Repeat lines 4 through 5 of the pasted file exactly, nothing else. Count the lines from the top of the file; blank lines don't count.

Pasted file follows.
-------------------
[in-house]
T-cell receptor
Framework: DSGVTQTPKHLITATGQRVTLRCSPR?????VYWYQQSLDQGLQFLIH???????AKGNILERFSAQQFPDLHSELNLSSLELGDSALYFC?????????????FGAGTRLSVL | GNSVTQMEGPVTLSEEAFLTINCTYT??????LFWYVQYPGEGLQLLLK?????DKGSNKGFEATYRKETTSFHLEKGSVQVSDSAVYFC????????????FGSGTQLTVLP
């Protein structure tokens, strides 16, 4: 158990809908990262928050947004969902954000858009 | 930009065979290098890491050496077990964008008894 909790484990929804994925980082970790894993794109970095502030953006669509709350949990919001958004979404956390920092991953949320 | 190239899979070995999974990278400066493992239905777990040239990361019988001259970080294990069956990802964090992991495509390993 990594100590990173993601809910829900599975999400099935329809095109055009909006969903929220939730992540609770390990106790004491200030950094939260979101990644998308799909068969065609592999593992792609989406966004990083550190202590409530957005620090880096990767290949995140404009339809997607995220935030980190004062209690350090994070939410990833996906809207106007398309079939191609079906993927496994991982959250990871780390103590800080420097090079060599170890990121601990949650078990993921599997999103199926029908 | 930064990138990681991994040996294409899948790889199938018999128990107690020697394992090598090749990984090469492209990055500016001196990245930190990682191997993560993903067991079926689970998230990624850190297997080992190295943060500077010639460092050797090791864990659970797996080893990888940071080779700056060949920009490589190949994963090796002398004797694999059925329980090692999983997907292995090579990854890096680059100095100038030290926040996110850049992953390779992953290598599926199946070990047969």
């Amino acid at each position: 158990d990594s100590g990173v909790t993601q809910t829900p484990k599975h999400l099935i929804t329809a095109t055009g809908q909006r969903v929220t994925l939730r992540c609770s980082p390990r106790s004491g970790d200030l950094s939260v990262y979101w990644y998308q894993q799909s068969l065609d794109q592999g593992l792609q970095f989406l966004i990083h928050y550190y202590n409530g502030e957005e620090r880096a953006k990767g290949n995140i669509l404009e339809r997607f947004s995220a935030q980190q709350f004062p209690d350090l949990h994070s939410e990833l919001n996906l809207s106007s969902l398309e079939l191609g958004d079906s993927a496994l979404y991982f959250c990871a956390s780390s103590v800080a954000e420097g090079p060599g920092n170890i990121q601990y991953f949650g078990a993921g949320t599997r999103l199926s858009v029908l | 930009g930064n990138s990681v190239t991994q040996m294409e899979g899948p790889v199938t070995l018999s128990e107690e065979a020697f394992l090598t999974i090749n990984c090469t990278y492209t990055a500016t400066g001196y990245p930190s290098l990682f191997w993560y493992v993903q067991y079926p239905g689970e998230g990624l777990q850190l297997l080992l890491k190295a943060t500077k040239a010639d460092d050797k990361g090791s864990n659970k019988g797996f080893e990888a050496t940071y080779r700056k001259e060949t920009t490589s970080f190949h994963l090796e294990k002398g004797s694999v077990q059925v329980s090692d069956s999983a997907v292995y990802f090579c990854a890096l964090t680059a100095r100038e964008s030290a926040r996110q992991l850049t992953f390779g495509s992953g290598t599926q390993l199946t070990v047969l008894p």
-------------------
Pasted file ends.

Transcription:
């Protein structure tokens, strides 16, 4: 158990809908990262928050947004969902954000858009 | 930009065979290098890491050496077990964008008894 909790484990929804994925980082970790894993794109970095502030953006669509709350949990919001958004979404956390920092991953949320 | 190239899979070995999974990278400066493992239905777990040239990361019988001259970080294990069956990802964090992991495509390993 990594100590990173993601809910829900599975999400099935329809095109055009909006969903929220939730992540609770390990106790004491200030950094939260979101990644998308799909068969065609592999593992792609989406966004990083550190202590409530957005620090880096990767290949995140404009339809997607995220935030980190004062209690350090994070939410990833996906809207106007398309079939191609079906993927496994991982959250990871780390103590800080420097090079060599170890990121601990949650078990993921599997999103199926029908 | 930064990138990681991994040996294409899948790889199938018999128990107690020697394992090598090749990984090469492209990055500016001196990245930190990682191997993560993903067991079926689970998230990624850190297997080992190295943060500077010639460092050797090791864990659970797996080893990888940071080779700056060949920009490589190949994963090796002398004797694999059925329980090692999983997907292995090579990854890096680059100095100038030290926040996110850049992953390779992953290598599926199946070990047969």
């Amino acid at each position: 158990d990594s100590g990173v909790t993601q809910t829900p484990k599975h999400l099935i929804t329809a095109t055009g809908q909006r969903v929220t994925l939730r992540c609770s980082p390990r106790s004491g970790d200030l950094s939260v990262y979101w990644y998308q894993q799909s068969l065609d794109q592999g593992l792609q970095f989406l966004i990083h928050y550190y202590n409530g502030e957005e620090r880096a953006k990767g290949n995140i669509l404009e339809r997607f947004s995220a935030q980190q709350f004062p209690d350090l949990h994070s939410e990833l919001n996906l809207s106007s969902l398309e079939l191609g958004d079906s993927a496994l979404y991982f959250c990871a956390s780390s103590v800080a954000e420097g090079p060599g920092n170890i990121q601990y991953f949650g078990a993921g949320t599997r999103l199926s858009v029908l | 930009g930064n990138s990681v190239t991994q040996m294409e899979g899948p790889v199938t070995l018999s128990e107690e065979a020697f394992l090598t999974i090749n990984c090469t990278y492209t990055a500016t400066g001196y990245p930190s290098l990682f191997w993560y493992v993903q067991y079926p239905g689970e998230g990624l777990q850190l297997l080992l890491k190295a943060t500077k040239a010639d460092d050797k990361g090791s864990n659970k019988g797996f080893e990888a050496t940071y080779r700056k001259e060949t920009t490589s970080f190949h994963l090796e294990k002398g004797s694999v077990q059925v329980s090692d069956s999983a997907v292995y990802f090579c990854a890096l964090t680059a100095r100038e964008s030290a926040r996110q992991l850049t992953f390779g495509s992953g290598t599926q390993l199946t070990v047969l008894p």